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Belgian income tax: How do I appeal?

00:36 01/06/2024

How and where you appeal is explained on page 2 of your tax bill. You have to send a letter to the address in the middle of the page within 12 months after you receive the tax bill. That means the letter must arrive with the tax authorities within 12 months plus three working days from the date the tax assessment was sent out. That is the date on the tax bill. 

The tax authorities say they accept an appeal by fax or by email, but for the moment, I suggest you stick to pen and paper, scan it and send it by email and by ordinary mail. Preferably send the letter by registered mail so that you can prove the date. If you have waited until the last day, you can always bring it to the tax office and ask for a stamp confirming the date of receipt on a copy of the letter. Don't forget that, for the taxman, close of business is 16.00. If you find the door closed, you can try and send it by fax; you never know, if there is paper in the fax machine, the taxman may accept it.

Do I need an accountant or a lawyer to file an appeal?

No, you can do it yourself. 

Make sure that you have the correct address and that you mention all the relevant references on the top of the letter, just under your address (your N.N. or national number / social security number and the numéro d’article); you can find those in the box on page 1 of the tax bill.  

Why not just attach a copy of the tax bill? 

Explain in detail why you don't agree. Maybe you forgot to mention a figure in the tax return, or the taxman himself overlooked a figure. Or all your expenses really are business expenses and not private entertainment. Or the taxman got it wrong, and a particular type of income is indeed not taxable. The most common mistake is that the taxman forgets to give an exemption for overseas income.

It is also advisable to ask for a meeting with the tax director. That may help you get your point across.

Finally, don't forget to sign the letter with your spouse or partner if it is also their tax bill.

And if I wait too long?

Twelve months seems like a long time, but they pass quickly. If you are too late, your request will be rejected, except in some cases.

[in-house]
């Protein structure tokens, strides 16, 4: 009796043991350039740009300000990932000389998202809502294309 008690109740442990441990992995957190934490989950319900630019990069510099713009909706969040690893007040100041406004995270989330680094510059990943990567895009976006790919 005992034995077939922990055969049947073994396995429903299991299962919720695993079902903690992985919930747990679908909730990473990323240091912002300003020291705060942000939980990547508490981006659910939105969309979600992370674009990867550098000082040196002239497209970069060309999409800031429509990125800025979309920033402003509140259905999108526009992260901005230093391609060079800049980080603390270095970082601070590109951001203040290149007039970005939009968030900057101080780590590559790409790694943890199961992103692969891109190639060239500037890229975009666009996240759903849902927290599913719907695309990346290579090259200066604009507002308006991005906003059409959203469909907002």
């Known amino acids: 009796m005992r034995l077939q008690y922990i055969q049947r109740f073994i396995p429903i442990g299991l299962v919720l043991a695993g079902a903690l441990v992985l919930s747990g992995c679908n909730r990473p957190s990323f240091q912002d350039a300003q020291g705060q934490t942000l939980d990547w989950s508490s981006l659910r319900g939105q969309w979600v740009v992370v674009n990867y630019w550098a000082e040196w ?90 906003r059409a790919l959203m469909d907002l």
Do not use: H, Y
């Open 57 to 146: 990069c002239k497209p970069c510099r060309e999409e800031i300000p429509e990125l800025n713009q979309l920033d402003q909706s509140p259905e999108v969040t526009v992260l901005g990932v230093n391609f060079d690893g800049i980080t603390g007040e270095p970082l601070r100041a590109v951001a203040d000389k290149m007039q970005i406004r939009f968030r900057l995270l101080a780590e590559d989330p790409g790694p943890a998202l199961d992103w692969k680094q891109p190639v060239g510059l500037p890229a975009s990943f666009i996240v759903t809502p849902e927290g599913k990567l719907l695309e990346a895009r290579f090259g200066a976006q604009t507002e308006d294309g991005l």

Sometimes the mistake is so obvious that it would be inequitable if the taxman didn't amend the tax bill. The tax authorities are allowed to reopen the tax file up to five years later if there are typos, miscalculations or glaring mistakes. Another reason for the taxman to reopen the file is when you have paid tax twice; in particular, if you paid tax in Belgium as well as in another country.

Do I have to pay in the meantime?

If you appeal the tax bill, the tax collector will not automatically stop the recovery of the tax. You will normally get a stern reminder to pay after two to three months. If you appeal, you have to ask the tax director to calculate the tax that is due on the amounts in the tax bill that you do not contest and give that information to the tax collector. During the appeal, you only have to pay the tax that would be due on the basis of the information you reported in your tax return, and possibly on any additional income you admitted.


The tax authorities also offer some form of out-of-court dispute resolution. 

If the tax authorities do not agree with your tax return and they decide to amend it and send you a higher tax bill, you have to appeal it with a ‘réclamation’. 

However, if you think that the tax authorities will stick to their point of view, you can ask the Tax Conciliation Service to intervene. They will meet with you and try and work out an agreement that is acceptable to you and the tax office, and that agreement will be noted in the conciliation report.

As a result of this report, your appeal is settled along the lines of the agreement reached during conciliation.

More from our 2024 income tax guide

  1. When do I need to file my Belgian income tax return?
  2. Belgian income tax returns for families
  3. Online or on paper?
  4. Filing online
  5. Understanding the paper tax return
  6. Checklist: What documents do you need?
  7. The return in detail
  8. Belgian income tax: There's nowhere to hide
  9. A guide to cross-border taxation
  10. Help! Where to get assistance with your tax return
  11. Understanding your Belgian income tax bill
  12. How do I appeal?
  • This guide was written by Marc Quaghebeur, an international tax lawyer at Cabinet DAVID. It is a general introduction based on current understanding of the law. It is not to be taken as a suitable alternative for individual advice. If you have a question, you can contact him by clicking on his name.
Written by Marc Quaghebeur